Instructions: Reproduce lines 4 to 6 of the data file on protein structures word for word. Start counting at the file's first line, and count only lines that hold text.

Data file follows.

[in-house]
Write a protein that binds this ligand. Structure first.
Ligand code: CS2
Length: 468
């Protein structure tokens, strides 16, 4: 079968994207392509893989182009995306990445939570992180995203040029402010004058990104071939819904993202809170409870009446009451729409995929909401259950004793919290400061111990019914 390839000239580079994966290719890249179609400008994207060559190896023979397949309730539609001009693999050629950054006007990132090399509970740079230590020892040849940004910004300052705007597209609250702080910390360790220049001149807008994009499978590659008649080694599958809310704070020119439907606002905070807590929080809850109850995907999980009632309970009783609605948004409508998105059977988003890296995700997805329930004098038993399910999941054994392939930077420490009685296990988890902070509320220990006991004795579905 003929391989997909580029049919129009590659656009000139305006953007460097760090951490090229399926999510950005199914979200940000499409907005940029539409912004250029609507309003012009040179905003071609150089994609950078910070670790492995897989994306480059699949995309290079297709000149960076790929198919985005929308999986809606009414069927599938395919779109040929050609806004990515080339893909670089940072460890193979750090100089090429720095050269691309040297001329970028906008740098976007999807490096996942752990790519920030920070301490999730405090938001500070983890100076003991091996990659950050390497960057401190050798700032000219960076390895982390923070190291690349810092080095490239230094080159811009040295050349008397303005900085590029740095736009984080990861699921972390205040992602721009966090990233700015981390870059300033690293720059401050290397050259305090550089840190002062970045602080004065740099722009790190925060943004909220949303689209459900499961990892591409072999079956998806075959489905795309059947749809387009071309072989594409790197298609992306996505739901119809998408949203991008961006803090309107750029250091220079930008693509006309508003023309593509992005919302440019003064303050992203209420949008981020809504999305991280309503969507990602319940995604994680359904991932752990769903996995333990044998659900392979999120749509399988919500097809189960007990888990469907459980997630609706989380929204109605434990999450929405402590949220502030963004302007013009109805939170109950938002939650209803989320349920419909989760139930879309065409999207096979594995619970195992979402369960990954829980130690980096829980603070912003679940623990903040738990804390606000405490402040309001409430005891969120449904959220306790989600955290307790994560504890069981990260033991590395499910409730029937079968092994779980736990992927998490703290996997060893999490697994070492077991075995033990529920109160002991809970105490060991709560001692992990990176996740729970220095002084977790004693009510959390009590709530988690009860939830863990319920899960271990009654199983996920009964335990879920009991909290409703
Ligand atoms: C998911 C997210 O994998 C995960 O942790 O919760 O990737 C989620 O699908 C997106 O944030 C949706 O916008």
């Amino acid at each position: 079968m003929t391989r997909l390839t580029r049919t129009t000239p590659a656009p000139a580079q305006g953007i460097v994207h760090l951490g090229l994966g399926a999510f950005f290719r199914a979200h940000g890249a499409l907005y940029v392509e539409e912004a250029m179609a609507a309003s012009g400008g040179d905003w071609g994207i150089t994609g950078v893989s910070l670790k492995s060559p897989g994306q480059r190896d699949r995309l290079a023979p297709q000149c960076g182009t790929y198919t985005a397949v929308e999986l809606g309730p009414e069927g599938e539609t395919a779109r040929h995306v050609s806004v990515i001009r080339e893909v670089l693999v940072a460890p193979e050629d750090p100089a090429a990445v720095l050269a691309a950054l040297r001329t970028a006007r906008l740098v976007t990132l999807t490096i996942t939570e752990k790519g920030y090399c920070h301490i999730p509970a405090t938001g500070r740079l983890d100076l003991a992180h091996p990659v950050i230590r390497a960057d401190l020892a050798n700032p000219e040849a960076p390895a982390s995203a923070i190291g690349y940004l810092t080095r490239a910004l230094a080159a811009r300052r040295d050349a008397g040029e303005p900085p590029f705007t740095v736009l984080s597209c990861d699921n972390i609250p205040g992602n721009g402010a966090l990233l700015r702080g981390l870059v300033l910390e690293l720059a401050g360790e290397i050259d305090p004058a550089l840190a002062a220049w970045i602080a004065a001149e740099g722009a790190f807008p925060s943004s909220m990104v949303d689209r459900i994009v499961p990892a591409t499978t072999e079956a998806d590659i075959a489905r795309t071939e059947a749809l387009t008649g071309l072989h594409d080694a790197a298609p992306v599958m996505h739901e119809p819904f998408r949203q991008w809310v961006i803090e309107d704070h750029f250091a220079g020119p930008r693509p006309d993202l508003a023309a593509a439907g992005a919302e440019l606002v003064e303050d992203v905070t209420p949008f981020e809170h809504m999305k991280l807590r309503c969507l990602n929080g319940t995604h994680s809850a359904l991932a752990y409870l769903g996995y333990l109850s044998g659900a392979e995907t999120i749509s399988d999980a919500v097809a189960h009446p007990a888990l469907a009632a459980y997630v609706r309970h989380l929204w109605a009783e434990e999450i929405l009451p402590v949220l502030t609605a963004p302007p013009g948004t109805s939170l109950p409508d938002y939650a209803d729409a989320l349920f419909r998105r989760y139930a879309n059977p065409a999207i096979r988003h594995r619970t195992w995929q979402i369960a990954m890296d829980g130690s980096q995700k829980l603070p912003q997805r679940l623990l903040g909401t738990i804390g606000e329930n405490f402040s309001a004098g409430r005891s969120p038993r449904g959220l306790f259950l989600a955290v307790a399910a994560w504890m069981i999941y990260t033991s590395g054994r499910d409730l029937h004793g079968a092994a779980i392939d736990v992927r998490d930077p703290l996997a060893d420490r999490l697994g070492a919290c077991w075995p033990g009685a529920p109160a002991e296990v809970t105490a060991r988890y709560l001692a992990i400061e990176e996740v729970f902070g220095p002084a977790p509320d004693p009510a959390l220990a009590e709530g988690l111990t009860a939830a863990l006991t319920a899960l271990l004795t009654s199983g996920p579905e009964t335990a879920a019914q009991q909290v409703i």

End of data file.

Length: 468
């Protein structure tokens, strides 16, 4: 079968994207392509893989182009995306990445939570992180995203040029402010004058990104071939819904993202809170409870009446009451729409995929909401259950004793919290400061111990019914 390839000239580079994966290719890249179609400008994207060559190896023979397949309730539609001009693999050629950054006007990132090399509970740079230590020892040849940004910004300052705007597209609250702080910390360790220049001149807008994009499978590659008649080694599958809310704070020119439907606002905070807590929080809850109850995907999980009632309970009783609605948004409508998105059977988003890296995700997805329930004098038993399910999941054994392939930077420490009685296990988890902070509320220990006991004795579905 003929391989997909580029049919129009590659656009000139305006953007460097760090951490090229399926999510950005199914979200940000499409907005940029539409912004250029609507309003012009040179905003071609150089994609950078910070670790492995897989994306480059699949995309290079297709000149960076790929198919985005929308999986809606009414069927599938395919779109040929050609806004990515080339893909670089940072460890193979750090100089090429720095050269691309040297001329970028906008740098976007999807490096996942752990790519920030920070301490999730405090938001500070983890100076003991091996990659950050390497960057401190050798700032000219960076390895982390923070190291690349810092080095490239230094080159811009040295050349008397303005900085590029740095736009984080990861699921972390205040992602721009966090990233700015981390870059300033690293720059401050290397050259305090550089840190002062970045602080004065740099722009790190925060943004909220949303689209459900499961990892591409072999079956998806075959489905795309059947749809387009071309072989594409790197298609992306996505739901119809998408949203991008961006803090309107750029250091220079930008693509006309508003023309593509992005919302440019003064303050992203209420949008981020809504999305991280309503969507990602319940995604994680359904991932752990769903996995333990044998659900392979999120749509399988919500097809189960007990888990469907459980997630609706989380929204109605434990999450929405402590949220502030963004302007013009109805939170109950938002939650209803989320349920419909989760139930879309065409999207096979594995619970195992979402369960990954829980130690980096829980603070912003679940623990903040738990804390606000405490402040309001409430005891969120449904959220306790989600955290307790994560504890069981990260033991590395499910409730029937079968092994779980736990992927998490703290996997060893999490697994070492077991075995033990529920109160002991809970105490060991709560001692992990990176996740729970220095002084977790004693009510959390009590709530988690009860939830863990319920899960271990009654199983996920009964335990879920009991909290409703
Ligand atoms: C998911 C997210 O994998 C995960 O942790 O919760 O990737 C989620 O699908 C997106 O944030 C949706 O916008």